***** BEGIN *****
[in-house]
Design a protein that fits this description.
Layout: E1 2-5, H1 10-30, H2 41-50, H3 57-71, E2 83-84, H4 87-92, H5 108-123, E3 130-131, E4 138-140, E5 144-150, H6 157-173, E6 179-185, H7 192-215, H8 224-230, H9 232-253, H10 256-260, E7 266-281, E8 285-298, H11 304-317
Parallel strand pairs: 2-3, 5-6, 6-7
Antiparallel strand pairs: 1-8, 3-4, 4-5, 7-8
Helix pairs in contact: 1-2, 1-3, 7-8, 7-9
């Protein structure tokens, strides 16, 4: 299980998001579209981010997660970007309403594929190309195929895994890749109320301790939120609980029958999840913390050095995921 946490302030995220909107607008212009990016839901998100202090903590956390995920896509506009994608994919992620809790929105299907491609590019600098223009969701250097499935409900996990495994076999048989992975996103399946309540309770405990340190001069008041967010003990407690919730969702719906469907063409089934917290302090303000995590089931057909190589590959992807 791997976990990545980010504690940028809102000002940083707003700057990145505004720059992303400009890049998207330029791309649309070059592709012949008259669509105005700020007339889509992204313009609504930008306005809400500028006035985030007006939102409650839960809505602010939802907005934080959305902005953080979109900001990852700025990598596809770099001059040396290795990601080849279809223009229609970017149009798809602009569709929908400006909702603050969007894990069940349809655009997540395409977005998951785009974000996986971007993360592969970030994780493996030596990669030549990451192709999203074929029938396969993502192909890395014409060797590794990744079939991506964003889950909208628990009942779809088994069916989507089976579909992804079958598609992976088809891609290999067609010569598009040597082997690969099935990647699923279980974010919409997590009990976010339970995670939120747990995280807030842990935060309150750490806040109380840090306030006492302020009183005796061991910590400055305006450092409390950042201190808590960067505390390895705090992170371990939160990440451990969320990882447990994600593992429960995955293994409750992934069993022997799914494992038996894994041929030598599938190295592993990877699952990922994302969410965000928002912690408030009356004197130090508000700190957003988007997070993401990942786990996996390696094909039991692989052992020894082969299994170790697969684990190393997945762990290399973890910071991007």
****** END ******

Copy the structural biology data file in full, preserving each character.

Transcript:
[in-house]
Design a protein that fits this description.
Layout: E1 2-5, H1 10-30, H2 41-50, H3 57-71, E2 83-84, H4 87-92, H5 108-123, E3 130-131, E4 138-140, E5 144-150, H6 157-173, E6 179-185, H7 192-215, H8 224-230, H9 232-253, H10 256-260, E7 266-281, E8 285-298, H11 304-317
Parallel strand pairs: 2-3, 5-6, 6-7
Antiparallel strand pairs: 1-8, 3-4, 4-5, 7-8
Helix pairs in contact: 1-2, 1-3, 7-8, 7-9
């Protein structure tokens, strides 16, 4: 299980998001579209981010997660970007309403594929190309195929895994890749109320301790939120609980029958999840913390050095995921 946490302030995220909107607008212009990016839901998100202090903590956390995920896509506009994608994919992620809790929105299907491609590019600098223009969701250097499935409900996990495994076999048989992975996103399946309540309770405990340190001069008041967010003990407690919730969702719906469907063409089934917290302090303000995590089931057909190589590959992807 791997976990990545980010504690940028809102000002940083707003700057990145505004720059992303400009890049998207330029791309649309070059592709012949008259669509105005700020007339889509992204313009609504930008306005809400500028006035985030007006939102409650839960809505602010939802907005934080959305902005953080979109900001990852700025990598596809770099001059040396290795990601080849279809223009229609970017149009798809602009569709929908400006909702603050969007894990069940349809655009997540395409977005998951785009974000996986971007993360592969970030994780493996030596990669030549990451192709999203074929029938396969993502192909890395014409060797590794990744079939991506964003889950909208628990009942779809088994069916989507089976579909992804079958598609992976088809891609290999067609010569598009040597082997690969099935990647699923279980974010919409997590009990976010339970995670939120747990995280807030842990935060309150750490806040109380840090306030006492302020009183005796061991910590400055305006450092409390950042201190808590960067505390390895705090992170371990939160990440451990969320990882447990994600593992429960995955293994409750992934069993022997799914494992038996894994041929030598599938190295592993990877699952990922994302969410965000928002912690408030009356004197130090508000700190957003988007997070993401990942786990996996390696094909039991692989052992020894082969299994170790697969684990190393997945762990290399973890910071991007």